Are you ready to learn how to draw big eyes, exaggerated expressions and kick-ass characters? Malta Society of Arts’ phenomenal manga course is back this summer to teach students everything they could ever want to know about creating their own Japanese-style comic.
Each manga art lesson will build upon the previous one, seeking to allow students to be able to appreciate how a manga drawing develops and evolves over time.
Starting from the basics of manga, students will further be able to delve into more complex tasks in the creation of manga including drawing characters with different positions, facial expressions, character creation, body proportions, how to draw clothing and so much more.
The course forms part of about 40 amazing and exciting courses that will be on offer by the MSA this summer, offering something for anybody interested in visual, applied and performing arts.
Manga art lessons will also help students learn how to approach the storytelling aspect of a comic, allowing them to understand the importance of character design in a story to the comic page layout and the eventual printing possibility.
Over the past few years Manga, which is essentially a Japanese term for the word ‘comic’, has grown in popularity in the Western World and has been associated with its own style of drawing.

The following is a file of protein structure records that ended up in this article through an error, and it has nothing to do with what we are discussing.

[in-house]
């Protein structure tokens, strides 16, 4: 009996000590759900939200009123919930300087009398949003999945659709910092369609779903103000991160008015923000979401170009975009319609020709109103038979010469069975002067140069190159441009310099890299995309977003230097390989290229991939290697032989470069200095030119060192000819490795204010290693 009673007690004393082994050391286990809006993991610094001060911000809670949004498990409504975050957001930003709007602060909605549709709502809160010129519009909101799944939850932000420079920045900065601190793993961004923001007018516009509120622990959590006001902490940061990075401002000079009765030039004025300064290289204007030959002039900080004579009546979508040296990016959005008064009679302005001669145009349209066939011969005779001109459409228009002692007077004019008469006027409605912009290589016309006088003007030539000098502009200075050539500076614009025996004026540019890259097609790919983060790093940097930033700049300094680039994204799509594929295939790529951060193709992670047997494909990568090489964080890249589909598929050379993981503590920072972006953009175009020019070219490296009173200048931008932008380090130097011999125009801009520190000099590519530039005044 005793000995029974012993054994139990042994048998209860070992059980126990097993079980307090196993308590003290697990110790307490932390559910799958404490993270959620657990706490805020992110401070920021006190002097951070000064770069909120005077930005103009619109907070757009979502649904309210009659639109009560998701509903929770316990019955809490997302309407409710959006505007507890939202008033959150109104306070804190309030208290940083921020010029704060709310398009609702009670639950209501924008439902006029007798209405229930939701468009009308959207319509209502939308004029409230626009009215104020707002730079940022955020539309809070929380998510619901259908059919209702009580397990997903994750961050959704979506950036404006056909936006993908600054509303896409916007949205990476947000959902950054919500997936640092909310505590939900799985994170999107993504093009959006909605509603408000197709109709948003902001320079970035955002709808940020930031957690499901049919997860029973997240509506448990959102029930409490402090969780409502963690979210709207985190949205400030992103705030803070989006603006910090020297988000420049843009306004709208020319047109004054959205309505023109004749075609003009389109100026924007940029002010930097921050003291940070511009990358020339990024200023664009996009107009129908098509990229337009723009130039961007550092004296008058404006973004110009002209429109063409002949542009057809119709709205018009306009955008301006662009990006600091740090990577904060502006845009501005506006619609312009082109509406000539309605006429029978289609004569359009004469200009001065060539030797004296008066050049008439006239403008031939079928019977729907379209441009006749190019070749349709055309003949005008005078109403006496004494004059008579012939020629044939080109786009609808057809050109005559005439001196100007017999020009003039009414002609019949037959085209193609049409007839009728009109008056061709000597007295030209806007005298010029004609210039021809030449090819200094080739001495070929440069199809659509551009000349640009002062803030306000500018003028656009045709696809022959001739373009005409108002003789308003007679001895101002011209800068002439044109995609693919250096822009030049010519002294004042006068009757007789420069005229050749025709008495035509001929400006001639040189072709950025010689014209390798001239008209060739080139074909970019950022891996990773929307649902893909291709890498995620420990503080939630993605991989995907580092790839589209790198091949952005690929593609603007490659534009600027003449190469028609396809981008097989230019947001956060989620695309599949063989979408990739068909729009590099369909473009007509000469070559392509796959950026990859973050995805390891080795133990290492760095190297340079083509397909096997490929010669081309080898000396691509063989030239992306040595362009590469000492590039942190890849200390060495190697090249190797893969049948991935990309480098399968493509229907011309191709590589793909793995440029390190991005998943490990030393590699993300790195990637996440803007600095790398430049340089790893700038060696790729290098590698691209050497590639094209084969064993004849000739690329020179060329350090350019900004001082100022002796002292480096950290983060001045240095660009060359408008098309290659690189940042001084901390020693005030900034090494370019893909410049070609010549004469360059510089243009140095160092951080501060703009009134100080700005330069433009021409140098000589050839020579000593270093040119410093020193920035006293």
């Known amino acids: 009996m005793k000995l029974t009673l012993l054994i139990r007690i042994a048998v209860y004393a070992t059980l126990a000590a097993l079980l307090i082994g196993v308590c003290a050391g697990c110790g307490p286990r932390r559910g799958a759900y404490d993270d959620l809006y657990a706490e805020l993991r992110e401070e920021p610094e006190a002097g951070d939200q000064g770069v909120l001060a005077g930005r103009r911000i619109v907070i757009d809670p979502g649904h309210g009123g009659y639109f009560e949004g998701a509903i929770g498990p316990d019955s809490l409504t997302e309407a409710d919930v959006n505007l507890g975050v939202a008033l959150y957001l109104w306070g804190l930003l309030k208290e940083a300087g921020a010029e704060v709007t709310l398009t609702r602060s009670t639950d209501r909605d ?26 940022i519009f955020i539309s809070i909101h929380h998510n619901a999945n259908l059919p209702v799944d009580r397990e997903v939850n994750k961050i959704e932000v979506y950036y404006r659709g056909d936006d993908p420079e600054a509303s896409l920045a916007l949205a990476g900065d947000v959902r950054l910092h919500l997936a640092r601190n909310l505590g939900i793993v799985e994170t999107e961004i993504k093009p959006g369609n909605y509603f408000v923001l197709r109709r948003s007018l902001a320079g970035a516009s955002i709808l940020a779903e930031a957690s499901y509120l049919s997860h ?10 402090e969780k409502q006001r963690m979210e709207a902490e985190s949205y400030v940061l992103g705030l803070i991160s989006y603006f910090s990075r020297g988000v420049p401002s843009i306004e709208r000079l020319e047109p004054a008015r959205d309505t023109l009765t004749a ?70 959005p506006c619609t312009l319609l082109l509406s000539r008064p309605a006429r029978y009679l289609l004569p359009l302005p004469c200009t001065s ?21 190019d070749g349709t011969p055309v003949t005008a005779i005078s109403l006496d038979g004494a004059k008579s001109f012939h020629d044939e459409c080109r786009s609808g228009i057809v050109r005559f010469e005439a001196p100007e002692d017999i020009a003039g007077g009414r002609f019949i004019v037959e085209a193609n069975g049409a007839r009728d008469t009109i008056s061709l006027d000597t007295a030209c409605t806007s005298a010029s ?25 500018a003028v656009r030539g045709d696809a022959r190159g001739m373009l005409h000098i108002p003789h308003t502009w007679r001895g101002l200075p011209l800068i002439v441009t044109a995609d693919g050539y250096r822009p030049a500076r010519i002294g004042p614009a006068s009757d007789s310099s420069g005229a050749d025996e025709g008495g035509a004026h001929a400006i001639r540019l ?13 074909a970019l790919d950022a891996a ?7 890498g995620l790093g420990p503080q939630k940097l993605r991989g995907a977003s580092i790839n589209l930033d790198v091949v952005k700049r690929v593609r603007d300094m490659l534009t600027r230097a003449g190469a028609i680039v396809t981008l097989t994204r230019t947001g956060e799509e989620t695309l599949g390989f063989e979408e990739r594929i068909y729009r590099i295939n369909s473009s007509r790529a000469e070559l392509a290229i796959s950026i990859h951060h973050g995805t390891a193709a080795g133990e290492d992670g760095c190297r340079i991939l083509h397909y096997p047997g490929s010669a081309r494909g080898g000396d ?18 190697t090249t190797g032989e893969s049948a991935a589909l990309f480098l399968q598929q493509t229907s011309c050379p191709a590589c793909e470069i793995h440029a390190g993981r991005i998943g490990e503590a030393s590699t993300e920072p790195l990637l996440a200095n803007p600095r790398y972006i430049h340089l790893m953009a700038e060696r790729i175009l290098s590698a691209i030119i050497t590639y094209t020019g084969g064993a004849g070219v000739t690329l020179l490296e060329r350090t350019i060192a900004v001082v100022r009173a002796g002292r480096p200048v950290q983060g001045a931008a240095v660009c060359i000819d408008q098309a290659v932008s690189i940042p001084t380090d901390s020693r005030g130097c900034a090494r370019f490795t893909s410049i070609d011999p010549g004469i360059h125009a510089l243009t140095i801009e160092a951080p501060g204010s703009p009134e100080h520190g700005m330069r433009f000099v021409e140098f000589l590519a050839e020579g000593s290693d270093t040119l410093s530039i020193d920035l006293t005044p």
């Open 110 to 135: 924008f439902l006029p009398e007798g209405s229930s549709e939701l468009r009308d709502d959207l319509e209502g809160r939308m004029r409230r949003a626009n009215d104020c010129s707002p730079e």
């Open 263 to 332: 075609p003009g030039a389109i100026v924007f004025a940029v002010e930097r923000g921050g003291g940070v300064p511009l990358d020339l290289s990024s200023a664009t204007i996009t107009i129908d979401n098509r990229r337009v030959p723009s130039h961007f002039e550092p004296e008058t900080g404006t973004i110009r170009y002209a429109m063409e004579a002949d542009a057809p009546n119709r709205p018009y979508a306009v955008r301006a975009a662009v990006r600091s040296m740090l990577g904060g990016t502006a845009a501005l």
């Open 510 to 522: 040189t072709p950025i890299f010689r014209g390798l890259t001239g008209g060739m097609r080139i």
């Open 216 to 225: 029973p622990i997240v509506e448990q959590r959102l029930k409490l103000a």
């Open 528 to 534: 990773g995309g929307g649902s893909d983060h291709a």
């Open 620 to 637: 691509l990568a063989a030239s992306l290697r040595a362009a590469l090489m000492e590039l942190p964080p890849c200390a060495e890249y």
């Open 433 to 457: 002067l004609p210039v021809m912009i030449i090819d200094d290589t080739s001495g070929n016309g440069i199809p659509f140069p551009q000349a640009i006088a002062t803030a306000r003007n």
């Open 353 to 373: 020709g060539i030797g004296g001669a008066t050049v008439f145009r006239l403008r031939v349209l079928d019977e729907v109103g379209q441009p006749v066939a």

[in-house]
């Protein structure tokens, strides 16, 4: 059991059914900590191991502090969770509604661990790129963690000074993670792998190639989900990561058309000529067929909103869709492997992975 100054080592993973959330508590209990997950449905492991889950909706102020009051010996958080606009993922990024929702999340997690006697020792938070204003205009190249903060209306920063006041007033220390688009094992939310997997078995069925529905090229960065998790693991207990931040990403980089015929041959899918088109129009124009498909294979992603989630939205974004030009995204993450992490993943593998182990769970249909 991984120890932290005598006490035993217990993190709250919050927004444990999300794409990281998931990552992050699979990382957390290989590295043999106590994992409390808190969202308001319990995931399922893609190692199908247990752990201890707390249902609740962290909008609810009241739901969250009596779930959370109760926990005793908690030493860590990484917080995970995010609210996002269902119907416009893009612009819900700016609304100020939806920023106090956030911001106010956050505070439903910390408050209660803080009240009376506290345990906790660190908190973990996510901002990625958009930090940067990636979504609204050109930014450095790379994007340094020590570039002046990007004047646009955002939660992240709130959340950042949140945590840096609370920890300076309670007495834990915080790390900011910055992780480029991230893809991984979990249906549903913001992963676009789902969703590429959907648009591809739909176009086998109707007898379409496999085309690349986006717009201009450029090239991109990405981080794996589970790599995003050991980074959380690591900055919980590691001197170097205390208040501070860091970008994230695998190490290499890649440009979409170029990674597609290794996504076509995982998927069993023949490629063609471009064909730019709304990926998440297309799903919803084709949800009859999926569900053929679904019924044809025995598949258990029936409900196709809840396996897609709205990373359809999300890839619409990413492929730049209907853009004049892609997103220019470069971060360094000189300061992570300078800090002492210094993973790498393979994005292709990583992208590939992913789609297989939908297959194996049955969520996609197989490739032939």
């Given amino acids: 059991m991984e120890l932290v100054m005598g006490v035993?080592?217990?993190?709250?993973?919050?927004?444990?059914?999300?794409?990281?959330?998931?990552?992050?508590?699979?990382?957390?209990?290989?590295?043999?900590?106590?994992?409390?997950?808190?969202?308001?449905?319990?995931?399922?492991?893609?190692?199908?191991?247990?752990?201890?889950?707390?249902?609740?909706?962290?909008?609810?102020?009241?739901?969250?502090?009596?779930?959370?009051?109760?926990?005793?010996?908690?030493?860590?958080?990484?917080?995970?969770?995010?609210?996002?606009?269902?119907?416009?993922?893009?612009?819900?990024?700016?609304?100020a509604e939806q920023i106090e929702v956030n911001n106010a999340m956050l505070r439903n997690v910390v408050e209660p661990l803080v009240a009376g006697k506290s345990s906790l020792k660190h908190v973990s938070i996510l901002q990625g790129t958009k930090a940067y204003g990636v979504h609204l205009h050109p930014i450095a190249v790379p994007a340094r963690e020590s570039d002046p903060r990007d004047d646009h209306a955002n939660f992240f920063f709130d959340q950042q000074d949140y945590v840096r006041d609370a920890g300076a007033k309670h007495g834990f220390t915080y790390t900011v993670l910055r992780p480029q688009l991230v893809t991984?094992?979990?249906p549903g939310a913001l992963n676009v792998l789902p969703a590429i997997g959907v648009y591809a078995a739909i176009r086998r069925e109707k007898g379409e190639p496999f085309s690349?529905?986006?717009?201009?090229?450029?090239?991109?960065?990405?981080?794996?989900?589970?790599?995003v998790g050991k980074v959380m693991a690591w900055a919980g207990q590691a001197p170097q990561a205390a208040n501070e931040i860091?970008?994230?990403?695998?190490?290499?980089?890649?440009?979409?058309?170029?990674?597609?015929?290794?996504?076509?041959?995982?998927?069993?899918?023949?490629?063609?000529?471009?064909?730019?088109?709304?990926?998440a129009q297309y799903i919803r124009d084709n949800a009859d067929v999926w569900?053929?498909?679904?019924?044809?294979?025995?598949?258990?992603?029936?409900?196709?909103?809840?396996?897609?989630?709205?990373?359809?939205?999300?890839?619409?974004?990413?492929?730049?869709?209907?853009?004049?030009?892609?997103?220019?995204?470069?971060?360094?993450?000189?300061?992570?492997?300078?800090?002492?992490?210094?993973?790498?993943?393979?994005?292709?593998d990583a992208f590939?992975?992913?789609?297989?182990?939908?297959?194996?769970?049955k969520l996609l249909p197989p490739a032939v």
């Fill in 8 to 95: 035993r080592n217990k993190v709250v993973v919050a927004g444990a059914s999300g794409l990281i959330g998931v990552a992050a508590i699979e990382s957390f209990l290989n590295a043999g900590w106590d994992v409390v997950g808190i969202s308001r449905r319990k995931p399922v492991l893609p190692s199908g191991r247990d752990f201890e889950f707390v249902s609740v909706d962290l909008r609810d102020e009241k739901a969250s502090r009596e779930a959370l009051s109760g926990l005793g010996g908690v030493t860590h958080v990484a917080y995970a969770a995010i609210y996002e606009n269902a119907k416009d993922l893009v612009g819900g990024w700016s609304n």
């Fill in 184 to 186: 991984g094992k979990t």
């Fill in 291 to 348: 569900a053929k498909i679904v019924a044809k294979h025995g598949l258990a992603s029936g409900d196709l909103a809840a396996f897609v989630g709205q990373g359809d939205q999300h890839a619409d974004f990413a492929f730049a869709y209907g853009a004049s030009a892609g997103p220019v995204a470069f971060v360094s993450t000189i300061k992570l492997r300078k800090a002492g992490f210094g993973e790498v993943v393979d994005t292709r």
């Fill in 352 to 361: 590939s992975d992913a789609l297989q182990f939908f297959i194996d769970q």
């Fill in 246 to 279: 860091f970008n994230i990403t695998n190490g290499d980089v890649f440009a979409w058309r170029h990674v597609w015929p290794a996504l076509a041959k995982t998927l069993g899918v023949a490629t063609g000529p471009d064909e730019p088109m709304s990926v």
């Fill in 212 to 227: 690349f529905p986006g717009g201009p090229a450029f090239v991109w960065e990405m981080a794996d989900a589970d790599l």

Those enrolling in the course will be taught by Bernard Micallef, a manga artist, who has been teaching the Manga Art course at the MSA for around 12 years.
Micallef has highlighted that “locally, the comic format became more common during the mid-2000s when bookstores started promoting manga comics through various sales and price reductions”.
Since then, the local manga and comic scene, in general, got a boost thanks to Malta’s very first official Comic Con that took place and has been thriving ever since – “serving as a platform for local artists and bringing fans closer to big-name artists who have contributed to many popular comics internationally”.
Though anime may seem like a more modern trend among youths in Malta, it has actually been quite ingrained in the childhoods of most adults in Malta. Cartoon classics such as Captain Harlock, Lady Oscar and Kiss Me Lycia that used to air on Italian TV stations all contributed to a common and relatable source of entertainment on the island.
Each of these iconic series were famous in the 80s and 90s, which both children and adults were able to enjoy the characters, stories, intrigues and opening tunes – forever imprinted on the collective memories of thousands of people.
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